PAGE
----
Cavaliers, NBA blew handling of Kevin Love’s potential concussion

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Kevin Love got elbowed in the head. The Cavaliers say that didn’t cause them to suspect he suffered a concussion.

Love immediately grabbed his head in pain. The Cavaliers say that didn’t cause them to suspect he suffered a concussion.

Love fell to the floor and lay there for an extended period while still clutching his head. The Cavaliers say that didn’t cause them to suspect he suffered a concussion.

Love, according to Cleveland coach Tyronn Lue, “looked kind of woozy” in a later timeout. The Cavaliers say that didn’t cause them to suspect he suffered a concussion.

Take it in aggregate: Love got elbowed in the head, immediately grabbed his head in pain, fell to the floor, lay there for an extended period while still clutching his head and then, according to his own coach, “looked kind of woozy” in a later timeout.

No suspicion.

It’s unbelievably negligent or plain unbelievable.

Maybe Love was concussed. Maybe he wasn’t. That determination needn’t be made immediately after Harrison Barnes‘ elbow floored the Cleveland forward in the second quarter of Game 2 last night.

The first step is determining whether a player is suspected of having a concussion or shows any signs or symptoms of having one. Per the NBA’s concussion protocol:

If a player is suspected of having a concussion, or exhibits the signs or symptoms of concussion, he will be removed from participation and undergo evaluation by the medical staff in a quiet, distraction-free environment conducive to conducting a neurological evaluation.

Love remained in the court area, on the floor and on the bench, during the timeout followed his injury. That is not a “quiet, distraction-free environment conducive to conducting a neurological evaluation.”

Of course, the Cavs are incentivized not to suspect Love suffered a concussion. Even the suspicion would pull him from a crucial game for at least a few minutes.

This is a problem with sports culture and the NBA’s guidelines can’t magically fix it.

In fact, I don’t believe the guidelines go far enough to protect players. Anyone who requires testing for a concussion shouldn’t be permitted to return to play that day. Delayed symptoms are just too common. (The current rule bans only players diagnosed with a concussion from returning that day or the next.)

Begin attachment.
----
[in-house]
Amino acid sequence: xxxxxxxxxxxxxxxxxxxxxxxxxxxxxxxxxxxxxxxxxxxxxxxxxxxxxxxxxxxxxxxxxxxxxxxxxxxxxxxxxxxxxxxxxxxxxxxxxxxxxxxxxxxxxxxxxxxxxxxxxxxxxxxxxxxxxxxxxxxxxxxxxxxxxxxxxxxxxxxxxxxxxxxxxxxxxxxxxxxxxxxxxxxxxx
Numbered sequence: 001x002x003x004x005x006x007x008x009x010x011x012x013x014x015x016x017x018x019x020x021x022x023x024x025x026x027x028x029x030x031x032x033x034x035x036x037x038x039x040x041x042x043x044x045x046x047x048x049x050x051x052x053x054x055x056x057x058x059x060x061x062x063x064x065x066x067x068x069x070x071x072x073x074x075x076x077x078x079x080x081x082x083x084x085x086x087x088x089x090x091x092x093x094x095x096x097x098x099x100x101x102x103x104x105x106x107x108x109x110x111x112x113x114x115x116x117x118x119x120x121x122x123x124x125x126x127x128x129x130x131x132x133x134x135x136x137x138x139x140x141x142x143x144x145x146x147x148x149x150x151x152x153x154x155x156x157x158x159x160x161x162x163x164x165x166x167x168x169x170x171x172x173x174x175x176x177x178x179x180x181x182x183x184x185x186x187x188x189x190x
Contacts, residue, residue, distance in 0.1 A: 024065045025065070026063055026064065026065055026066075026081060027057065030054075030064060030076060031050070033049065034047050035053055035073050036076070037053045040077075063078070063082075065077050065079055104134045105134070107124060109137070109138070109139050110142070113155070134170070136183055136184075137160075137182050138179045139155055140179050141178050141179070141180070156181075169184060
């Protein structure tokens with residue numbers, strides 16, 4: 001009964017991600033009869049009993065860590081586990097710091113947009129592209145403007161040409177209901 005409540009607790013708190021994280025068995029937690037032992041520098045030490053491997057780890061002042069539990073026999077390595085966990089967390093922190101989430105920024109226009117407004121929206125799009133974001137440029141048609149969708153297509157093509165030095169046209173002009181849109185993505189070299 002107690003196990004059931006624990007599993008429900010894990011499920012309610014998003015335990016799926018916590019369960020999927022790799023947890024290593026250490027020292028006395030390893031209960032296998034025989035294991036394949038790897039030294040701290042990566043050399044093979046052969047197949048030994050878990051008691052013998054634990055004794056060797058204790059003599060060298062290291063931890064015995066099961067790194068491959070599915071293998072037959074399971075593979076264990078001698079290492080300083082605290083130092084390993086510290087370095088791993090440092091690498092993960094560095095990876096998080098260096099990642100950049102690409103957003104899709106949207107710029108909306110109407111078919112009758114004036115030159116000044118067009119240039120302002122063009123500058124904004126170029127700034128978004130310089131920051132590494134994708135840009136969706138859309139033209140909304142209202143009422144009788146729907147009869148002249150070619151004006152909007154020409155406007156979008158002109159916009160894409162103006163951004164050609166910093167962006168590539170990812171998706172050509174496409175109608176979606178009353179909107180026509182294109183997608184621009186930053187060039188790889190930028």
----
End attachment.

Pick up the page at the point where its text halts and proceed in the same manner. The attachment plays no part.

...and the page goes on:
Unfortunately, that’d only further incentivize teams to ignore potential concussions. Players who should be at least tested could be ignored so as not to automatically end their game.

Yet, as lenient as the rules are now, Cleveland didn’t even follow them.

Lue said Love showed no symptoms at halftime – as if that’s highly meaningful. Love experiencing delayed symptoms is quite normal for a concussed person. That’s why continued monitoring is necessary after dangerous-looking hits to the head.

And Lue did continue to monitor.

Love started the second half, playing 1:55 until a timeout brought him back to Cleveland’s bench.

“I could see in a timeout he looked kind of woozy,” Lue said.

Lue left Love in the game, and Love played 11 more seconds before exiting for good. Thankfully, 11 seconds are a short window, and nothing catastrophic happened. But if he thought Love looked woozy, Lue should have immediately pulled Love from the game.

Why does all this matter? Dr. Ben Wedro of the DocTalk blog on MDDirect.org, addressed it last year when discussing a similar situation involving Klay Thompson:

“The concern is something called second-impact syndrome,” Wedro said. “And that says that, if you have a brain that is concussed and has not healed, it may not be able to protect itself against a second injury as well, and you can get swelling of the brain that spins out of control and people die. This is a rare situation. Some people believe it does not exist. Other people do. But that’s the concern – that if you stack concussions, that disaster can happen.”

There is no perfect method for preventing players from playing through concussions. Players can suffer concussions without getting hit in the head. If that happens, and he shows no immediate symptoms, how can you suspect to pull him from the game?

But removing someone who got elbowed in the head, immediately grabbed his head in pain, fell to the floor, lay there for an extended period while still clutching his head and then, according to his own coach, “looked kind of woozy” in a later timeout? That’s the bare minimum.

Love’s dizziness in the early third quarter sent him to the locker room, where he was finally given a proper assessment for a concussion. The Cavs then put him in the concussion protocol.

The Cavaliers say they handled this correctly. The NBA concurs.

I’m just curious what a player must do to arouse suspicion of a concussion if someone who got elbowed in the head, immediately grabbed his head in pain, fell to the floor, lay there for an extended period while still clutching his head and then, according to his own coach, “looked kind of woozy” in a later timeout doesn’t qualify.